EPISODE 54: Financial Planning for Your Special Needs Child
With Nick Wallace
Raising a child with special needs can be one of life’s most fulfilling experiences, but it can also be one of the most costly. According to Autism Speaks, raising a child with autism costs on average $60,000 a year, but let’s face it…it costs a lot more than that for a lot of us depending on the severity and insurance coverage. It can be scary looking at the financial numbers, and even scarier when you wonder what would happen if something happened to you. Long-term financial planning is daunting, but no matter your child’s age, it’s important for you to start as early as possible.
Today, I’m speaking with Nick Wallace, a financial planner that focuses on planning for families in the special-needs community. His passion for this type of planning is inspired by the feeling of relief that he experienced after working through a game plan for his brother’s future, who has special needs. Nick is going to share some insights from the daily conversations that he has with families and planning for their loved ones.
The process for financial planning for a special-needs loved one takes time, but you can start by laying out a timeline for what needs to be done.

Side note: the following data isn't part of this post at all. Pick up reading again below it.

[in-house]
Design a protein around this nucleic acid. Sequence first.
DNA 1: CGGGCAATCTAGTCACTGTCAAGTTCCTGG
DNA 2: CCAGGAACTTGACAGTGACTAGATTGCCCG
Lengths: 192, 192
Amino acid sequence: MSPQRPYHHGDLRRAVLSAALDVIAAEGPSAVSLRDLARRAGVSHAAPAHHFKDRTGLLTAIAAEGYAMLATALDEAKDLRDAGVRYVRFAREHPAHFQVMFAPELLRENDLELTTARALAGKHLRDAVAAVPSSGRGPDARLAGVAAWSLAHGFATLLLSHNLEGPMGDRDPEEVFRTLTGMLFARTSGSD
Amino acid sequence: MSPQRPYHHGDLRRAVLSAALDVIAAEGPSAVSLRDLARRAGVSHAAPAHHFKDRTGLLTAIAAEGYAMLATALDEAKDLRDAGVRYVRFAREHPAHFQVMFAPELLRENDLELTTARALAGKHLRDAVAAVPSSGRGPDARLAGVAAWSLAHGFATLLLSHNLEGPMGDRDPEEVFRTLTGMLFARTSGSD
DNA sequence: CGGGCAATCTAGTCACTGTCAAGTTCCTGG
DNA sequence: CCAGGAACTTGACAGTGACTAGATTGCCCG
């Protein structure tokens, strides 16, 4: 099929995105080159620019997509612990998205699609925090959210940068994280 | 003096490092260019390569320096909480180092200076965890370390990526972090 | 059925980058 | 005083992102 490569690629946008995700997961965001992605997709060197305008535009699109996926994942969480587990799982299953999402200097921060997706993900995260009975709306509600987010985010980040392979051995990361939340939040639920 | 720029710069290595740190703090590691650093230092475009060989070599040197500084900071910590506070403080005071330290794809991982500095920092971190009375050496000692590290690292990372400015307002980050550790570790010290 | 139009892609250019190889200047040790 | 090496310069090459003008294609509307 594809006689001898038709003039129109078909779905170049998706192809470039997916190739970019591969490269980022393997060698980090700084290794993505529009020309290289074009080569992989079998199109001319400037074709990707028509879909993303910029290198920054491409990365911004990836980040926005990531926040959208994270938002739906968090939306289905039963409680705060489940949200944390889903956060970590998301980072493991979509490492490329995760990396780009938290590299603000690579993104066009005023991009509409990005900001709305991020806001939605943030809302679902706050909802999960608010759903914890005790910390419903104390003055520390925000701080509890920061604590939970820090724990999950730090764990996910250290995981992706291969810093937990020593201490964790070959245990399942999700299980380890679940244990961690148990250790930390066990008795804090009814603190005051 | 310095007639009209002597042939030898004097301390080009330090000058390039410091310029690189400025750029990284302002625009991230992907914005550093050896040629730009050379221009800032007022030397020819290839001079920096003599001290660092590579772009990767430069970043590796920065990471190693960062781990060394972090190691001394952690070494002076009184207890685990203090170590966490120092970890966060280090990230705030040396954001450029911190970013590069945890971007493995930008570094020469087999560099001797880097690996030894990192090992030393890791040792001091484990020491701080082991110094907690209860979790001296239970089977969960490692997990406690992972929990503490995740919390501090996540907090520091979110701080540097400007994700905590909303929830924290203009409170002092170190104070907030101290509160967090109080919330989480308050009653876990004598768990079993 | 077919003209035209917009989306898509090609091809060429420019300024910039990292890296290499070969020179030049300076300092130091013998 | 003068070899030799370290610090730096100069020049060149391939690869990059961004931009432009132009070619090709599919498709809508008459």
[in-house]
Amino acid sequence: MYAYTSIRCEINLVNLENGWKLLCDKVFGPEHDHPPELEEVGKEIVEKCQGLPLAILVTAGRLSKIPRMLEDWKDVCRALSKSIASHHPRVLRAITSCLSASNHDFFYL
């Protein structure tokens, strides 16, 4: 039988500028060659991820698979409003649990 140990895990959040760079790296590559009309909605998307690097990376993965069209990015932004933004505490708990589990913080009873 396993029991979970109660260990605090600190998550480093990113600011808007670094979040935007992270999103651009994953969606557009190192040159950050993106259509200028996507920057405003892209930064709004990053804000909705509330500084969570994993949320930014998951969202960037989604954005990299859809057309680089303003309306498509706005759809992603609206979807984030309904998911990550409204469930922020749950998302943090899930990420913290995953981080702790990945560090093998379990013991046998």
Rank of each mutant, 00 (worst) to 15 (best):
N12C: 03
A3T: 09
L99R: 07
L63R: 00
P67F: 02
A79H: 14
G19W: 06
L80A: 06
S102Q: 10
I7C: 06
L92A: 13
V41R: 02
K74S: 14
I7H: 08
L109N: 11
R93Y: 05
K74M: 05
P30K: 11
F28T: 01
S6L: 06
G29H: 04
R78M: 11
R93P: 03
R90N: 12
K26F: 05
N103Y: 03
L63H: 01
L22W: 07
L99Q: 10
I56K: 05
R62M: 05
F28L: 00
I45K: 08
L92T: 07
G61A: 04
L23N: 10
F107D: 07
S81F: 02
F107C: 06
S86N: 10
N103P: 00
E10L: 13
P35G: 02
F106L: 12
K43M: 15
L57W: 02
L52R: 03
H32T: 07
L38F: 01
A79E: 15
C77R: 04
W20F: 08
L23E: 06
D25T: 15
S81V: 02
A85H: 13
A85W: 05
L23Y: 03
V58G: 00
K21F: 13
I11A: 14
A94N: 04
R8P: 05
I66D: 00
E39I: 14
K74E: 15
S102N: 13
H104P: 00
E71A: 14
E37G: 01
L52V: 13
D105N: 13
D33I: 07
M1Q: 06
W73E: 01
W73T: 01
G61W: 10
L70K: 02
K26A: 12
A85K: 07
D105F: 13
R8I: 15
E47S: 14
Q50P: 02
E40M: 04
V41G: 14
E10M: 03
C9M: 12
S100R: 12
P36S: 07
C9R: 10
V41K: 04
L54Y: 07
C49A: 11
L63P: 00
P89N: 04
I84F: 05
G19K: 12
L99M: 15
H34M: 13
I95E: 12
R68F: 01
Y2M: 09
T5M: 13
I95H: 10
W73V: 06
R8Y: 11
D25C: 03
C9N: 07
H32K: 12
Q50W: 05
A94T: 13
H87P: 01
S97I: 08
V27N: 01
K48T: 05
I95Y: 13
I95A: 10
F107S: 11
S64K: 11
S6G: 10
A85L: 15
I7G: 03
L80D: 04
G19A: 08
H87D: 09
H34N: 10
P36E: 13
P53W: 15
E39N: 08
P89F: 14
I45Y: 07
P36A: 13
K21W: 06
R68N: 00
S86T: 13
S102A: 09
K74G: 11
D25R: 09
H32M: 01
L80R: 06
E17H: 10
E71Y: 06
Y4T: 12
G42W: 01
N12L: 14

Plan early, and revise as needed. It’s not easy or straightforward, and what makes sense for one family may not make sense for another. Get help. It’s doable.
Thanks so much for being a part of My Autism Tribe, and I’ll see ya next week!
TOOLS THAT ARE OFTEN USED:
- Various types of special needs trusts (with the help of a special needs attorney)
- ABLE accounts (when appropriate if allowed by the state)
- Various types of life insurance to answer the tomorrow questions or the 40 years from now questions
- Various types of investments for retirement and estate planning
QUESTIONS TO ASK YOUR FINANCIAL PLANNER:
- Did we take into consideration my loved one’s special needs when we established my insurance and investment game plan?
- Do I have enough life insurance to protect the care and income that I provide my family if something were to happen to me tomorrow? How did we arrive at this number?
- What steps can I take to make sure that I am on track for retirement? How did we come up with these numbers?
- Are my beneficiary designations on my life insurance and investment accounts set correctly so that my loved one with special needs’ benefits will not be in jeopardy?
- What is the long-term game plan on leaving behind money for my loved one if I live a long life of caring for them, but pass away before they do?
- A solid financial plan has answers for the “what-ifs” that life could throw at us tomorrow or 60 years from now. Nick recommends meeting with a financial advisor at least yearly to review plans and make changes if necessary.
NICK WALLACE CONTACT INFORMATION:
Facebook - @nickwallacefinance
Website – www.nickwallace.nm.com
Email – firstname.lastname@example.org